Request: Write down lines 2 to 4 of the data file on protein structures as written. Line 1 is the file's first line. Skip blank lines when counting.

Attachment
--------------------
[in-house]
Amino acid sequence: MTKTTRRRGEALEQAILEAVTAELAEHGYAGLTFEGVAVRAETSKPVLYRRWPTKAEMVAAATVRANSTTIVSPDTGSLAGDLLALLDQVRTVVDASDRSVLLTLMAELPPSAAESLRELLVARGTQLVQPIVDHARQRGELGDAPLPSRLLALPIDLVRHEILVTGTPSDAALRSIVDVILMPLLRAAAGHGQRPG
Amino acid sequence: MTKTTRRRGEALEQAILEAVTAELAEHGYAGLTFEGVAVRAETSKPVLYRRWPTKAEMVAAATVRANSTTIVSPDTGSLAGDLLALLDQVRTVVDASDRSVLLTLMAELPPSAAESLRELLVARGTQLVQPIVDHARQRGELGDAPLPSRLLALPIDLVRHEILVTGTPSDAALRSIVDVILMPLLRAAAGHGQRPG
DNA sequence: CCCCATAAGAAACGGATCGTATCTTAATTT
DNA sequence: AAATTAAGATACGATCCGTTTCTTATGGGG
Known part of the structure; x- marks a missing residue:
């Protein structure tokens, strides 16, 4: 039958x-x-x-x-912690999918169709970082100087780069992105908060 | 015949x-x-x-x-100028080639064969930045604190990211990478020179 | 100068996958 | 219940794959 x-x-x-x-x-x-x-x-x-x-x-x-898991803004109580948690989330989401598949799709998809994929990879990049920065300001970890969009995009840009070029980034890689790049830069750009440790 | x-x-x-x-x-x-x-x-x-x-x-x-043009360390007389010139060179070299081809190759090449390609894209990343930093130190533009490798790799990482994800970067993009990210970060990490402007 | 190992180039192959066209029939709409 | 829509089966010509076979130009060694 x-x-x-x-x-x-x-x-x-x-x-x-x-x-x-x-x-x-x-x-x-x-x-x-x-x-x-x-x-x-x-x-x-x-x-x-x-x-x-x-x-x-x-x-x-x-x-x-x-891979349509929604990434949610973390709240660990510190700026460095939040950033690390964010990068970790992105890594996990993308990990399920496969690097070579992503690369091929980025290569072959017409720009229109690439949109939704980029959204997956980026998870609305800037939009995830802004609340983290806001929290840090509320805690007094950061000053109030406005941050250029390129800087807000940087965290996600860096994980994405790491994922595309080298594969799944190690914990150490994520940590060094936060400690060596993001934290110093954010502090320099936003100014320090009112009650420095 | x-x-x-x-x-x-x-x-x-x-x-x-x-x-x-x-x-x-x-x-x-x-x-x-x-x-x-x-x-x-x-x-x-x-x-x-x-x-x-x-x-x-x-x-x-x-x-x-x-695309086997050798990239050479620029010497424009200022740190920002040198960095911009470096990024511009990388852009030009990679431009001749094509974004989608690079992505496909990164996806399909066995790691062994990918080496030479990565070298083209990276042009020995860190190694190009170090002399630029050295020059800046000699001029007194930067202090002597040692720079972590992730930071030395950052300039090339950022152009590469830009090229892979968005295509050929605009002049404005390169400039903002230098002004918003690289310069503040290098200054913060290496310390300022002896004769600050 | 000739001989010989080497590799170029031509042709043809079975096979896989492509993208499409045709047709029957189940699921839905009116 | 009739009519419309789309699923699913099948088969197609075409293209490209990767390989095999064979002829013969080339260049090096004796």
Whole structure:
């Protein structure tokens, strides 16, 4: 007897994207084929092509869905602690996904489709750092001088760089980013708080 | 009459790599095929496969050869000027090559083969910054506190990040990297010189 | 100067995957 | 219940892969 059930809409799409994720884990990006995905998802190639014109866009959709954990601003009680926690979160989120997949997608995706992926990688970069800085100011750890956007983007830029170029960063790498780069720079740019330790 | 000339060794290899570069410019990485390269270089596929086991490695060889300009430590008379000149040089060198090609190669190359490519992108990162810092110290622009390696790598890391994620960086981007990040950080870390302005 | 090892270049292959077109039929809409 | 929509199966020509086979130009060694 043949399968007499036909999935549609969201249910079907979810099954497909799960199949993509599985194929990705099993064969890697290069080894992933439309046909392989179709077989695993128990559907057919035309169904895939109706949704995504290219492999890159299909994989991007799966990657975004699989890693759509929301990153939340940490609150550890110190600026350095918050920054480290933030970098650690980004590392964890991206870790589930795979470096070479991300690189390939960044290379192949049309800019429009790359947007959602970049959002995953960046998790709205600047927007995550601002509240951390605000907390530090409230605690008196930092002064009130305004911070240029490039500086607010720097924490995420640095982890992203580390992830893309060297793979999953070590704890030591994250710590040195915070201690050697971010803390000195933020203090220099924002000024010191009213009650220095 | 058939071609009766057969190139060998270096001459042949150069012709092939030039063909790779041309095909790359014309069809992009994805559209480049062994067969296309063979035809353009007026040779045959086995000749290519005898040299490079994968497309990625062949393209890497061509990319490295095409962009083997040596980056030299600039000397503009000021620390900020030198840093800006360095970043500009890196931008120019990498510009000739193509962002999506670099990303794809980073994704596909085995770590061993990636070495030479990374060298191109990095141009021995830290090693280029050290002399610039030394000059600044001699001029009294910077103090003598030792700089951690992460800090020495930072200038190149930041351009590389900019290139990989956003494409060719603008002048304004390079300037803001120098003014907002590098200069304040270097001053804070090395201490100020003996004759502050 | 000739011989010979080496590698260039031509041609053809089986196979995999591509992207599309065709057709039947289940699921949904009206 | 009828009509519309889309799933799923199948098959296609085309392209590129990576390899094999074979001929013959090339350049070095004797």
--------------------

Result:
Amino acid sequence: MTKTTRRRGEALEQAILEAVTAELAEHGYAGLTFEGVAVRAETSKPVLYRRWPTKAEMVAAATVRANSTTIVSPDTGSLAGDLLALLDQVRTVVDASDRSVLLTLMAELPPSAAESLRELLVARGTQLVQPIVDHARQRGELGDAPLPSRLLALPIDLVRHEILVTGTPSDAALRSIVDVILMPLLRAAAGHGQRPG
Amino acid sequence: MTKTTRRRGEALEQAILEAVTAELAEHGYAGLTFEGVAVRAETSKPVLYRRWPTKAEMVAAATVRANSTTIVSPDTGSLAGDLLALLDQVRTVVDASDRSVLLTLMAELPPSAAESLRELLVARGTQLVQPIVDHARQRGELGDAPLPSRLLALPIDLVRHEILVTGTPSDAALRSIVDVILMPLLRAAAGHGQRPG
DNA sequence: CCCCATAAGAAACGGATCGTATCTTAATTT